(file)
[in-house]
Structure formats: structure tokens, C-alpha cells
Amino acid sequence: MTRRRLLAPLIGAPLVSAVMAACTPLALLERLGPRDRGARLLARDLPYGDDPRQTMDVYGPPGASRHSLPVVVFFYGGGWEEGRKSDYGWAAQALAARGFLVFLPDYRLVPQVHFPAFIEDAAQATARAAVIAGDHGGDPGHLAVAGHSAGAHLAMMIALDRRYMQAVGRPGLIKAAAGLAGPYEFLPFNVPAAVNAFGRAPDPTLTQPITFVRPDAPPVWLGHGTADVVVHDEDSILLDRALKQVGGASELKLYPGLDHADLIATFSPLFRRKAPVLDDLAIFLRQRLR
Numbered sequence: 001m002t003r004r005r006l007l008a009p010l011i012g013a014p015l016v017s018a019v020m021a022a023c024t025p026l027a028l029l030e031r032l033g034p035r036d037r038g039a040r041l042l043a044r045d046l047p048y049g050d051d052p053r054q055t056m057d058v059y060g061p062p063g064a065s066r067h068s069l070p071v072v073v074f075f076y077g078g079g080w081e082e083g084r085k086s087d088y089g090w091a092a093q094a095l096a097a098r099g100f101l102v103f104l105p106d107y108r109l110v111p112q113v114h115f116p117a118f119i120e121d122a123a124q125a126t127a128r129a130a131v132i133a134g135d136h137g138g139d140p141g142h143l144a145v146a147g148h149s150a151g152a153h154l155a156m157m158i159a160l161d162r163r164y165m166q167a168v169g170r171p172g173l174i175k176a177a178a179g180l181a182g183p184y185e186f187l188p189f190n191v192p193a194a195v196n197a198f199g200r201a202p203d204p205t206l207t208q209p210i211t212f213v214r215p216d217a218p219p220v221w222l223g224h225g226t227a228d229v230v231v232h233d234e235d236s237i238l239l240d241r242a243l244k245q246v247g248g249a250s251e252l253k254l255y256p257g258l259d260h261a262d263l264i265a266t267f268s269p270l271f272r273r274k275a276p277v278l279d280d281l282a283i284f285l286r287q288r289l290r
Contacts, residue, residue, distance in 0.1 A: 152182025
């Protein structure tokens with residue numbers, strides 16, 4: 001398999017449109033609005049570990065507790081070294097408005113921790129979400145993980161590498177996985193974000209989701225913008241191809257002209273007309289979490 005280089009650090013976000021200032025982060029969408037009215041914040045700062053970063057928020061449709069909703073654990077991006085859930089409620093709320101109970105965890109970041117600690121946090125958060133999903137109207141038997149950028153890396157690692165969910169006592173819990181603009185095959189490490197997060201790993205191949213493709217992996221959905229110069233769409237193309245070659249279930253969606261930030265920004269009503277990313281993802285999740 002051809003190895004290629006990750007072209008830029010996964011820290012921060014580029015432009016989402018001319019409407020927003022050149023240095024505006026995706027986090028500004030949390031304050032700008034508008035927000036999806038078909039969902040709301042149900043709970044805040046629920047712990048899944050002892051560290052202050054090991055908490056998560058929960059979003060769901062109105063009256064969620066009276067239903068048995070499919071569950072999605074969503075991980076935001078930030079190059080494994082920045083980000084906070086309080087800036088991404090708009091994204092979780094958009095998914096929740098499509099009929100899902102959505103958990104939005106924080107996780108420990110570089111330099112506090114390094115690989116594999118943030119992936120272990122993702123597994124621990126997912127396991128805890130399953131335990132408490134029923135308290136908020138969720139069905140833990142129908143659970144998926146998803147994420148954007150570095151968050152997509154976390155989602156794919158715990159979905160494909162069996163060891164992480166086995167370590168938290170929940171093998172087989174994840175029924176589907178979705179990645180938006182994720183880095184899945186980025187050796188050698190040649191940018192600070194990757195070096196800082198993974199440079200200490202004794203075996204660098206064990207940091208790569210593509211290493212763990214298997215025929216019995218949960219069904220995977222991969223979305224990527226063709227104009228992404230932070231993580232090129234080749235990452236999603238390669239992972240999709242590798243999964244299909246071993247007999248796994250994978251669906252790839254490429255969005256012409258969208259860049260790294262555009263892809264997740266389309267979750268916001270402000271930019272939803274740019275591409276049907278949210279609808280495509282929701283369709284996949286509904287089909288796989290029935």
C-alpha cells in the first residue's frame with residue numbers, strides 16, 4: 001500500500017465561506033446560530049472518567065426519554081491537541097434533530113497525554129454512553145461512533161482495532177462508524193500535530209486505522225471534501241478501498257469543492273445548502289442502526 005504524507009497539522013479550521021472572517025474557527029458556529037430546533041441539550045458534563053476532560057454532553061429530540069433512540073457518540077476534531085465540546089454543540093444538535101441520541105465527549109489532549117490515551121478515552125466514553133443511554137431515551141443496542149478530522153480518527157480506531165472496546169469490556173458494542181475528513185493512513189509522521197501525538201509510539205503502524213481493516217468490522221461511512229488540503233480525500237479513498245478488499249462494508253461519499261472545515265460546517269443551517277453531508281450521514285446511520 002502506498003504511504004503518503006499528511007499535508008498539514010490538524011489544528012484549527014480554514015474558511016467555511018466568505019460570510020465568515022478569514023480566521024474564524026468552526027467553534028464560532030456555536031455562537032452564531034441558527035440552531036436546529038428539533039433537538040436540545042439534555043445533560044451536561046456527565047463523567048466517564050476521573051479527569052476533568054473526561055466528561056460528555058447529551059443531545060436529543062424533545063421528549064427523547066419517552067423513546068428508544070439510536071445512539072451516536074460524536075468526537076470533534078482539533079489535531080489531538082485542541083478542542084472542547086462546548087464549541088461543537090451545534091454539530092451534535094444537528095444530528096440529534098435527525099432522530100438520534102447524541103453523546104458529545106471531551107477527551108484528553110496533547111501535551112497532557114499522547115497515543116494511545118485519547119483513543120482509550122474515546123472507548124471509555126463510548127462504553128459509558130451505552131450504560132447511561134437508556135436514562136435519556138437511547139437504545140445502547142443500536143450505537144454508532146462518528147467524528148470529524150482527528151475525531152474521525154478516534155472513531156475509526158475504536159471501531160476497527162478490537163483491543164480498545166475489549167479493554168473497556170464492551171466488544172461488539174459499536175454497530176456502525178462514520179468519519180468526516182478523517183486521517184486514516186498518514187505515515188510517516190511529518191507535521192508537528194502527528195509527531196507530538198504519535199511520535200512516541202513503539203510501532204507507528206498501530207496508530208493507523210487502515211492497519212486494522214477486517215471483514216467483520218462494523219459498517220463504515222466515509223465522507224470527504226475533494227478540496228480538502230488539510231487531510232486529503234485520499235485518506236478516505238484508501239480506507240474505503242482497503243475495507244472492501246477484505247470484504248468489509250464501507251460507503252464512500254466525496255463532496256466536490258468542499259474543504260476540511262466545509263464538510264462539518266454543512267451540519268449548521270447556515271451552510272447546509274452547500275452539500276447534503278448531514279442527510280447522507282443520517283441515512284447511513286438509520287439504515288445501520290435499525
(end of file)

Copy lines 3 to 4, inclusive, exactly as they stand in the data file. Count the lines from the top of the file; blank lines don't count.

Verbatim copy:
Amino acid sequence: MTRRRLLAPLIGAPLVSAVMAACTPLALLERLGPRDRGARLLARDLPYGDDPRQTMDVYGPPGASRHSLPVVVFFYGGGWEEGRKSDYGWAAQALAARGFLVFLPDYRLVPQVHFPAFIEDAAQATARAAVIAGDHGGDPGHLAVAGHSAGAHLAMMIALDRRYMQAVGRPGLIKAAAGLAGPYEFLPFNVPAAVNAFGRAPDPTLTQPITFVRPDAPPVWLGHGTADVVVHDEDSILLDRALKQVGGASELKLYPGLDHADLIATFSPLFRRKAPVLDDLAIFLRQRLR
Numbered sequence: 001m002t003r004r005r006l007l008a009p010l011i012g013a014p015l016v017s018a019v020m021a022a023c024t025p026l027a028l029l030e031r032l033g034p035r036d037r038g039a040r041l042l043a044r045d046l047p048y049g050d051d052p053r054q055t056m057d058v059y060g061p062p063g064a065s066r067h068s069l070p071v072v073v074f075f076y077g078g079g080w081e082e083g084r085k086s087d088y089g090w091a092a093q094a095l096a097a098r099g100f101l102v103f104l105p106d107y108r109l110v111p112q113v114h115f116p117a118f119i120e121d122a123a124q125a126t127a128r129a130a131v132i133a134g135d136h137g138g139d140p141g142h143l144a145v146a147g148h149s150a151g152a153h154l155a156m157m158i159a160l161d162r163r164y165m166q167a168v169g170r171p172g173l174i175k176a177a178a179g180l181a182g183p184y185e186f187l188p189f190n191v192p193a194a195v196n197a198f199g200r201a202p203d204p205t206l207t208q209p210i211t212f213v214r215p216d217a218p219p220v221w222l223g224h225g226t227a228d229v230v231v232h233d234e235d236s237i238l239l240d241r242a243l244k245q246v247g248g249a250s251e252l253k254l255y256p257g258l259d260h261a262d263l264i265a266t267f268s269p270l271f272r273r274k275a276p277v278l279d280d281l282a283i284f285l286r287q288r289l290r